Much as Don would have liked to stay in that position, he knew that it was an impossibility, even if there hadn’t been green dye dripping from his hair. “Go,” he said, “Sort out Messer and when I get cleaned up, I’ll take you to lunch.” He let his forehead rest against Mac’s.
Mac sighed and pulled away. With one final caress of Don’s cheek, he left the locker room.
If anybody noticed the flecks of green dye on his face, they all thought better of mentioning it to him.
Except of course for Danny, who had a big grin on his face when Mac joined him in his office.
“It’s a bit early for Saint Patrick’s Day, isn’t it?” A lesser man might have quailed under Mac’s glare.
“Sorry, that took longer than expected,” said Mac, not a trace of regret in his voice.
“Fine by me,” said Danny. “Flack okay?” There was genuine concern in his voice.
“He will be.” Mac collected his thoughts and concentrated Danny and the casefile he was explaining.
That night, with all the case files tucked away, Don sat on the edge of their bed with Mac kneeling behind him to soothe away the last remaining stresses of their day.
Mac started with a head massage, running his fingers through Don’s hair, tracing circles around the scalp until every inch had been soothed. He traced the lines of Don’s ears, caressing each lobe before walking his fingers down the back of Don’s neck and out onto his shoulders. A few kisses on the back of Don’s neck made him shiver with delight before Mac started squeezing on his shoulders.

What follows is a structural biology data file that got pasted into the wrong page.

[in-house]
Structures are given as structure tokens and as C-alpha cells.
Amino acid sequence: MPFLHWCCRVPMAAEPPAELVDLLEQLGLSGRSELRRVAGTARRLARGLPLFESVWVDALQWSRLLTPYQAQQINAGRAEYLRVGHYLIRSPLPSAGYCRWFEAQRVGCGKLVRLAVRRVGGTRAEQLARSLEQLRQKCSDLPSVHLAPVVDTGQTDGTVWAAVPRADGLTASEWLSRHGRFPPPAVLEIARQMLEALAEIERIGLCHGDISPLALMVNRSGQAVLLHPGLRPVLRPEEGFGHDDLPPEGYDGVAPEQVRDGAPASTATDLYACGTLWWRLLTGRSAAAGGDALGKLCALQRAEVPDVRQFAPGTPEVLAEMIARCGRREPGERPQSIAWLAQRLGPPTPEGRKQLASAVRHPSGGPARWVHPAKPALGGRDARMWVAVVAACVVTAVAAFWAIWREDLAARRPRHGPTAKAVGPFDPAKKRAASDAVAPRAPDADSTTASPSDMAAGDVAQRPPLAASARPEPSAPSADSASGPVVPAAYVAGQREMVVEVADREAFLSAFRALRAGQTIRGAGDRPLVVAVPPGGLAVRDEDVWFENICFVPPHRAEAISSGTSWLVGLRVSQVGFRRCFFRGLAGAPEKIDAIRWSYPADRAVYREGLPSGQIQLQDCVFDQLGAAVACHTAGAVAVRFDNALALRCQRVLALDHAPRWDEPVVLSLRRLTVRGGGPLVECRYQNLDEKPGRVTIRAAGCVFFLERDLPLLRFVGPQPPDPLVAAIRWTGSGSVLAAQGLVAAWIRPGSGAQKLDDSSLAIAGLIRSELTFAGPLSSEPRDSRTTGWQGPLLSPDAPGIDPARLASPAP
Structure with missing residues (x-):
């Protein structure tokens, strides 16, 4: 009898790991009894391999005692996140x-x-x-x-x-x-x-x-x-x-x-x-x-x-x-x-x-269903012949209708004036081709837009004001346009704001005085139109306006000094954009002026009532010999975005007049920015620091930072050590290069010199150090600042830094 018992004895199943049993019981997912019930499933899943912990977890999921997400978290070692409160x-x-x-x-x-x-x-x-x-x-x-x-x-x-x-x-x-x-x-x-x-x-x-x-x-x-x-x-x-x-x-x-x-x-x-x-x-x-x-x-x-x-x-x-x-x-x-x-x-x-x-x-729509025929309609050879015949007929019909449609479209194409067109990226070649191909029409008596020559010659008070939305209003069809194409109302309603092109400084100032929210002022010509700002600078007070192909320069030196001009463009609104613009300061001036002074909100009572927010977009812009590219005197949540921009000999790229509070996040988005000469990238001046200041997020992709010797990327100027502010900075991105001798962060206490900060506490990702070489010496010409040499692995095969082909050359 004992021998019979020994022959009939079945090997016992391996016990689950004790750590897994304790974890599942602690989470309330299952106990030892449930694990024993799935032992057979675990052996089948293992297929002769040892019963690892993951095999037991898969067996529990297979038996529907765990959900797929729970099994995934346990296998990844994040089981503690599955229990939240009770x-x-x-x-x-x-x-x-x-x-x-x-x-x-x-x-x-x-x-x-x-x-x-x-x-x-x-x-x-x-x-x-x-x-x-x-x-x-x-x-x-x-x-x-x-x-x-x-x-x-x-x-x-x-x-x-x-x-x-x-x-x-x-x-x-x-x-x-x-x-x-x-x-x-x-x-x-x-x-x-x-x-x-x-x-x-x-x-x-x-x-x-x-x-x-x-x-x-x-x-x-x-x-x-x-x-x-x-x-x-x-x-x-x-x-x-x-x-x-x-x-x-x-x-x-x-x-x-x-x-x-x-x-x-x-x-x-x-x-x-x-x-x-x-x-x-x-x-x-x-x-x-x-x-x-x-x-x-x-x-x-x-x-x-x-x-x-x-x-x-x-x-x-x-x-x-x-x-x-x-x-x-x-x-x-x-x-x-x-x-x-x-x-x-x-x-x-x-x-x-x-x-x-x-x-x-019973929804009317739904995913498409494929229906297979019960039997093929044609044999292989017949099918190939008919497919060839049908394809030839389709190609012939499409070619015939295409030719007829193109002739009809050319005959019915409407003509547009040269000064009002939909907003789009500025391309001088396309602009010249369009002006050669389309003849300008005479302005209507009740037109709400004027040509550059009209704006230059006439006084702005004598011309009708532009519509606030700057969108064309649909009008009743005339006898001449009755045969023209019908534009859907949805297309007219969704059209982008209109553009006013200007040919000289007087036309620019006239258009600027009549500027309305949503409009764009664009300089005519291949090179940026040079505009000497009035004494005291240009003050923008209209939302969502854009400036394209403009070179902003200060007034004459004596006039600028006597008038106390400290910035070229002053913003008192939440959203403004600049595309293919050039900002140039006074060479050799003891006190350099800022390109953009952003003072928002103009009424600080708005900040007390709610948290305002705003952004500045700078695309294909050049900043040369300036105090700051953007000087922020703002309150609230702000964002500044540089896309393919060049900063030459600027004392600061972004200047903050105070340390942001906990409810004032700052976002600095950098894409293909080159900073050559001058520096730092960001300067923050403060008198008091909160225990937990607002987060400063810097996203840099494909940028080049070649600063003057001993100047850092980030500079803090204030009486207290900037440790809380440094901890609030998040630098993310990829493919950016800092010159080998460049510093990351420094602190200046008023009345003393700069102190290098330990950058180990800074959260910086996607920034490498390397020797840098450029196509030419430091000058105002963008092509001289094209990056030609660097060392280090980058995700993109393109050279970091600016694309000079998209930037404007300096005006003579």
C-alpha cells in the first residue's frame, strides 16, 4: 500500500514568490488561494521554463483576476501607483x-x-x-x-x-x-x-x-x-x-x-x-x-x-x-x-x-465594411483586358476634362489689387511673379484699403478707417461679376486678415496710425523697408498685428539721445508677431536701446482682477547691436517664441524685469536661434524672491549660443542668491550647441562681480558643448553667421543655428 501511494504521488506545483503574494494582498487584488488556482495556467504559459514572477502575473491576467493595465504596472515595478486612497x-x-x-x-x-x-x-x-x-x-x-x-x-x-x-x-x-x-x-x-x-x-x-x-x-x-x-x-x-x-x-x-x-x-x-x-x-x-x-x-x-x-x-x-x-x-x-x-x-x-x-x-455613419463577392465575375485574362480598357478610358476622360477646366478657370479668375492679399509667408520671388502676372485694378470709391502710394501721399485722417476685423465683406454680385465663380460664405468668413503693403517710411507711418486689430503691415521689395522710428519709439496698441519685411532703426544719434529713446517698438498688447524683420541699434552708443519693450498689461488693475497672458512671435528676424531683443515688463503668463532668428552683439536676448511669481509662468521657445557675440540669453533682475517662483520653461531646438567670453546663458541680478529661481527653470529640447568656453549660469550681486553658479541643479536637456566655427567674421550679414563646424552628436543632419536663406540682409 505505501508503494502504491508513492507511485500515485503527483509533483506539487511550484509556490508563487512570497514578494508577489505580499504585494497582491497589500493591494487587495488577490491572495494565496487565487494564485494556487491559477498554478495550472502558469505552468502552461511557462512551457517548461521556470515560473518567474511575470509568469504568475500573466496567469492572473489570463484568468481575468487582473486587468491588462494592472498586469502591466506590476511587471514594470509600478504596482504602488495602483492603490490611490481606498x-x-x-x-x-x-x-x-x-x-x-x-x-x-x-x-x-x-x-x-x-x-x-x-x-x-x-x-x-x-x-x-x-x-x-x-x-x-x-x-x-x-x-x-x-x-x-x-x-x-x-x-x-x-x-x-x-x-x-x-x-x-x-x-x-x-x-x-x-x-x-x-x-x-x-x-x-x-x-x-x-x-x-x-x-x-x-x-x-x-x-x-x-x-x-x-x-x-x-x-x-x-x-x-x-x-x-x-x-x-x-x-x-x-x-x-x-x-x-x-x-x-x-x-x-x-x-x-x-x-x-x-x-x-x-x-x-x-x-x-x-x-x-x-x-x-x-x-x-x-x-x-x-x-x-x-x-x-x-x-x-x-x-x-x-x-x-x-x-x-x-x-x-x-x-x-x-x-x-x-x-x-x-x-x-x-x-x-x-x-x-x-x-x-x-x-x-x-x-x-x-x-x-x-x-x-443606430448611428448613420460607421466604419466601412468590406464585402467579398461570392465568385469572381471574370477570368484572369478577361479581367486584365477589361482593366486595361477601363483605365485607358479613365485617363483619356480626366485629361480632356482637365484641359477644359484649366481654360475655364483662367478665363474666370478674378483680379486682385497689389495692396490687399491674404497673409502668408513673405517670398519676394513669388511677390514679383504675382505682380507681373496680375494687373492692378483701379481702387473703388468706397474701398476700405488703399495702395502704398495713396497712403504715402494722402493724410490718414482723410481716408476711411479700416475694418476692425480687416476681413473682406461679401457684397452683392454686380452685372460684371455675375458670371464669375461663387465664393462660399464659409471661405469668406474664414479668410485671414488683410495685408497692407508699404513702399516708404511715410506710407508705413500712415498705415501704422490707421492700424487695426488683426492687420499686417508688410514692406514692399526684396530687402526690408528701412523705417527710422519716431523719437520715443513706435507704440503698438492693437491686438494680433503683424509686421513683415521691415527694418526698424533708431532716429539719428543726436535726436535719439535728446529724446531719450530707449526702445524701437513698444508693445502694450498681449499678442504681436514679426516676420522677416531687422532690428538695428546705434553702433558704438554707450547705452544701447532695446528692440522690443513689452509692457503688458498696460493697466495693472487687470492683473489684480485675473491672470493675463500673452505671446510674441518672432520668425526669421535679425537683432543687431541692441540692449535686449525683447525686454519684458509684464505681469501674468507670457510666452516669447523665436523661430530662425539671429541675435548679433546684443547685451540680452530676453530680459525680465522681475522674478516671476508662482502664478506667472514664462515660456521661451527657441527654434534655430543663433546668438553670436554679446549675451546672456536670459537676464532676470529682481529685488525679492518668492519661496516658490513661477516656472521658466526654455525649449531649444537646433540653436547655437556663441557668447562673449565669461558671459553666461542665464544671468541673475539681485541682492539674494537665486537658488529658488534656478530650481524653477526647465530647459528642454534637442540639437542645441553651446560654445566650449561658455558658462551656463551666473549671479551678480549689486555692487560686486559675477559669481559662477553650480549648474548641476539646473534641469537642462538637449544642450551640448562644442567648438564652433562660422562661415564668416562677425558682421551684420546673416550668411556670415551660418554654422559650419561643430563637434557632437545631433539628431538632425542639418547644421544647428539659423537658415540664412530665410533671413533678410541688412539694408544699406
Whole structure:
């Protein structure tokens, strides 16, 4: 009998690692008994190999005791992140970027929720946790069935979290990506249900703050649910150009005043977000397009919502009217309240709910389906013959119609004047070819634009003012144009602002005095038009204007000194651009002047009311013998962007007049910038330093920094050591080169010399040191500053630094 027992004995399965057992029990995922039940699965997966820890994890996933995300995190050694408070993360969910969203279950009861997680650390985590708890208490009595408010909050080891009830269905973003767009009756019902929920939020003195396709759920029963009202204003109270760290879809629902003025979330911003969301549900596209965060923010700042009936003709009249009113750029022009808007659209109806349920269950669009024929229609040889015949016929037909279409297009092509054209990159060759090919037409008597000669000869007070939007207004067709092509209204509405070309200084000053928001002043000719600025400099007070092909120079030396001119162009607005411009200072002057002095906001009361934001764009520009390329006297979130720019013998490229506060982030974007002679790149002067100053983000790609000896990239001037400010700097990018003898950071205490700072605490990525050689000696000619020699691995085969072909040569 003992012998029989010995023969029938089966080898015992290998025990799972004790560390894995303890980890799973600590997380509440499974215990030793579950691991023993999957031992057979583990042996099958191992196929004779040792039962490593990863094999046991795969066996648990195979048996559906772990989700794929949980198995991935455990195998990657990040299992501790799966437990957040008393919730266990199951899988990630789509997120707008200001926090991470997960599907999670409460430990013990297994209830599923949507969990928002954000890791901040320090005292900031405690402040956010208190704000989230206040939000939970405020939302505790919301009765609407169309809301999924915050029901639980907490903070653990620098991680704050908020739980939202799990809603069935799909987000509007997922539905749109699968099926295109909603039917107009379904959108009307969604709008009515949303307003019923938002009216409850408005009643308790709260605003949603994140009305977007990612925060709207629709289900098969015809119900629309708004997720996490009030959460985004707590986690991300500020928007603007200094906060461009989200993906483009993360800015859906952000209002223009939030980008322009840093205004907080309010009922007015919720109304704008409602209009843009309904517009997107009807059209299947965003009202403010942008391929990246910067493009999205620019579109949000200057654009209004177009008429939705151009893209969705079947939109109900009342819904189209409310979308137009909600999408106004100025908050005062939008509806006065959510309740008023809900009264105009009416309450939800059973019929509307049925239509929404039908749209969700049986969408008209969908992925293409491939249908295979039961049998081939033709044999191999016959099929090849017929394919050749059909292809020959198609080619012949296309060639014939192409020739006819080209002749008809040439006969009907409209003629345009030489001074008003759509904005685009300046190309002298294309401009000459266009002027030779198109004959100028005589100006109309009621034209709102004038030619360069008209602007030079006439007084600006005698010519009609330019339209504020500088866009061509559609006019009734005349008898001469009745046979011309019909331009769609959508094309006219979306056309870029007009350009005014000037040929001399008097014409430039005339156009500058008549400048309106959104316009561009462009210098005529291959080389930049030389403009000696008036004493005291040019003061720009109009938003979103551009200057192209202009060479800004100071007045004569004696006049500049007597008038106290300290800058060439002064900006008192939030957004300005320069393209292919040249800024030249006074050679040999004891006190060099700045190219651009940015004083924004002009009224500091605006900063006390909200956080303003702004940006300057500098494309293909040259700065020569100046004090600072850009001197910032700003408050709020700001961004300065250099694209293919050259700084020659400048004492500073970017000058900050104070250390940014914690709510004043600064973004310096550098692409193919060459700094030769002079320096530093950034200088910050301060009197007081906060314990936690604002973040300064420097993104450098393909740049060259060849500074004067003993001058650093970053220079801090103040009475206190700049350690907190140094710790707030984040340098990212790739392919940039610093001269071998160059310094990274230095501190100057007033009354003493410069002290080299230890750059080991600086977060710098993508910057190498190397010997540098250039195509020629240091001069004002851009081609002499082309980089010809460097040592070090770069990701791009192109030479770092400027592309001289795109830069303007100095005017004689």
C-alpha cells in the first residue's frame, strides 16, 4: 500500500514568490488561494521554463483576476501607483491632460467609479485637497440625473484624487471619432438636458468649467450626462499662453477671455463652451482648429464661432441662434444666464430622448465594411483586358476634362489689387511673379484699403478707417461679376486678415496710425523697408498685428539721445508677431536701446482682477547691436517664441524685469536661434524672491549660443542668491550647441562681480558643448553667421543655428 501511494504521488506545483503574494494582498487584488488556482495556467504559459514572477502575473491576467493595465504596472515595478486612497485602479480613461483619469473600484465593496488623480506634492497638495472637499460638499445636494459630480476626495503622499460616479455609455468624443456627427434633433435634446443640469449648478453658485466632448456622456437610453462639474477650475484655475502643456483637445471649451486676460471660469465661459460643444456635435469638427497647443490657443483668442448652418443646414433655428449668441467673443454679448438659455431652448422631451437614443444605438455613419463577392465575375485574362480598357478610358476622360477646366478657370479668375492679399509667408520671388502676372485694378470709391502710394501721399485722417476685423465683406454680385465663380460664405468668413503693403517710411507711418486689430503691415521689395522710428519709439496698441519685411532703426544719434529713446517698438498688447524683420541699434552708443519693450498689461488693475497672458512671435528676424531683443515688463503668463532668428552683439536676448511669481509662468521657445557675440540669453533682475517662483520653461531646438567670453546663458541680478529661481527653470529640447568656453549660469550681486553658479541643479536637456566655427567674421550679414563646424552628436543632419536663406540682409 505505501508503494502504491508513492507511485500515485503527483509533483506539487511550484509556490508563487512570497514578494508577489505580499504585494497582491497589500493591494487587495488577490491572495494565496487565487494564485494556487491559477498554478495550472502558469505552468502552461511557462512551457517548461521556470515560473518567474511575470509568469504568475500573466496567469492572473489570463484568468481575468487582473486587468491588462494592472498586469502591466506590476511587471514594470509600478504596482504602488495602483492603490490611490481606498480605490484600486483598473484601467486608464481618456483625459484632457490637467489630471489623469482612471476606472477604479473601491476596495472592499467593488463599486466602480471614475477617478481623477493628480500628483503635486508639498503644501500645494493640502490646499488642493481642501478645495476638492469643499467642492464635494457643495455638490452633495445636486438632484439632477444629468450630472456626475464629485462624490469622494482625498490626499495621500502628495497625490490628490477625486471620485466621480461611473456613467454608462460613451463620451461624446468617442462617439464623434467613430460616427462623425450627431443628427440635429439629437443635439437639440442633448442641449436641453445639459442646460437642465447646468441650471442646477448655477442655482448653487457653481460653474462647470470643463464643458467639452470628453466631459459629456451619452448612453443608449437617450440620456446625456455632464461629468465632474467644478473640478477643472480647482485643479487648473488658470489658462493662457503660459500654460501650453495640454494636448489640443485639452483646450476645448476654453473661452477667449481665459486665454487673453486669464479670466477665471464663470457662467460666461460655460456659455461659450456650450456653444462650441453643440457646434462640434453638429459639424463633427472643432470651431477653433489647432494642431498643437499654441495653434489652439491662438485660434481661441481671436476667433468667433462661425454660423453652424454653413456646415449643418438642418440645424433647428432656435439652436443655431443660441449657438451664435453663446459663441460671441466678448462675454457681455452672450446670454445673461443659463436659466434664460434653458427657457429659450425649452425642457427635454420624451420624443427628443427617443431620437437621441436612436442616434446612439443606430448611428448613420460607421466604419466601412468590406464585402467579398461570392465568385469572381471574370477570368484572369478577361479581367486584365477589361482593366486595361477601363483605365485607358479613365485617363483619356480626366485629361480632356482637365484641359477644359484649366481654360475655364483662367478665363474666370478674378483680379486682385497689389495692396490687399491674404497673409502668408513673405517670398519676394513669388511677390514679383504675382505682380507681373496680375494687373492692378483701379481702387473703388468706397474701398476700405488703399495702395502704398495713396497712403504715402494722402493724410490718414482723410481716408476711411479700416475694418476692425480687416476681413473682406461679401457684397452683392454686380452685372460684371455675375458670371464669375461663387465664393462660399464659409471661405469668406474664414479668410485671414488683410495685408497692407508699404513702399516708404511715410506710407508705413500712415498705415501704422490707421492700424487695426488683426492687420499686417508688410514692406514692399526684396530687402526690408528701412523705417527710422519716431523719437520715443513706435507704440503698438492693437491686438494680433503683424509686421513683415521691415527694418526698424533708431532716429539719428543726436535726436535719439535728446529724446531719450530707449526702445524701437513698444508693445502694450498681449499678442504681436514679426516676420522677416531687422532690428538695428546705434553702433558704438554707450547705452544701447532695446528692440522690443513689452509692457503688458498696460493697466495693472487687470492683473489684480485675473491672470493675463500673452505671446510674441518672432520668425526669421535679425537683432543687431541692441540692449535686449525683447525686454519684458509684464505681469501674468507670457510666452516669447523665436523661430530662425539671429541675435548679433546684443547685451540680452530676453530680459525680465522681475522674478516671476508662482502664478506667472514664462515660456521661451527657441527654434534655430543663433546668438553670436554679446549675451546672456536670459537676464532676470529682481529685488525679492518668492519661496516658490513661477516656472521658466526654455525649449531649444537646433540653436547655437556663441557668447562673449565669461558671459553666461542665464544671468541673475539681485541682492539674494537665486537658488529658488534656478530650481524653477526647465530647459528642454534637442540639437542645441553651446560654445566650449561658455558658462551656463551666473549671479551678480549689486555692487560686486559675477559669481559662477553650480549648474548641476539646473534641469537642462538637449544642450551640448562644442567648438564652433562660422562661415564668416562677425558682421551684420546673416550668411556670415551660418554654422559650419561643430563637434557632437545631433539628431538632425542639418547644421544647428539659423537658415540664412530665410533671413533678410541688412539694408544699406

When he’d finished massaging away any residual tension, Mac’s hands snaked around Don’s waist with the intention of making their way up towards Don’s nipples. But Don’s hands were faster, capturing Mac’s hands in his and holding them snug against his chest.
Mac pressed up against Don’s back and rested his chin on Don’s shoulder. “You okay there?”
“Mmm,” said Don, his eyes half closed, “Yeah.” He was silent for a few seconds before speaking, “So did Jo ever get that experiment of hers sorted?”
“You know we don’t have to talk about work when we’re off duty,” said Mac.
“Yeah, I know. But I just feel bad that I wasn’t able to help her properly.”
Mac smiled and kissed Don on the side of the neck, “And that’s just one of the reasons I love you.” He was silent for a few seconds, enjoying the sensation of Don’s body just resting against him. “Well, the good news is that she managed to complete her recreation. The bad news is that she may have cleared her prime suspect, or at least cast considerable doubt on his guilt. But *that* is not your problem.”
“And what is my problem?”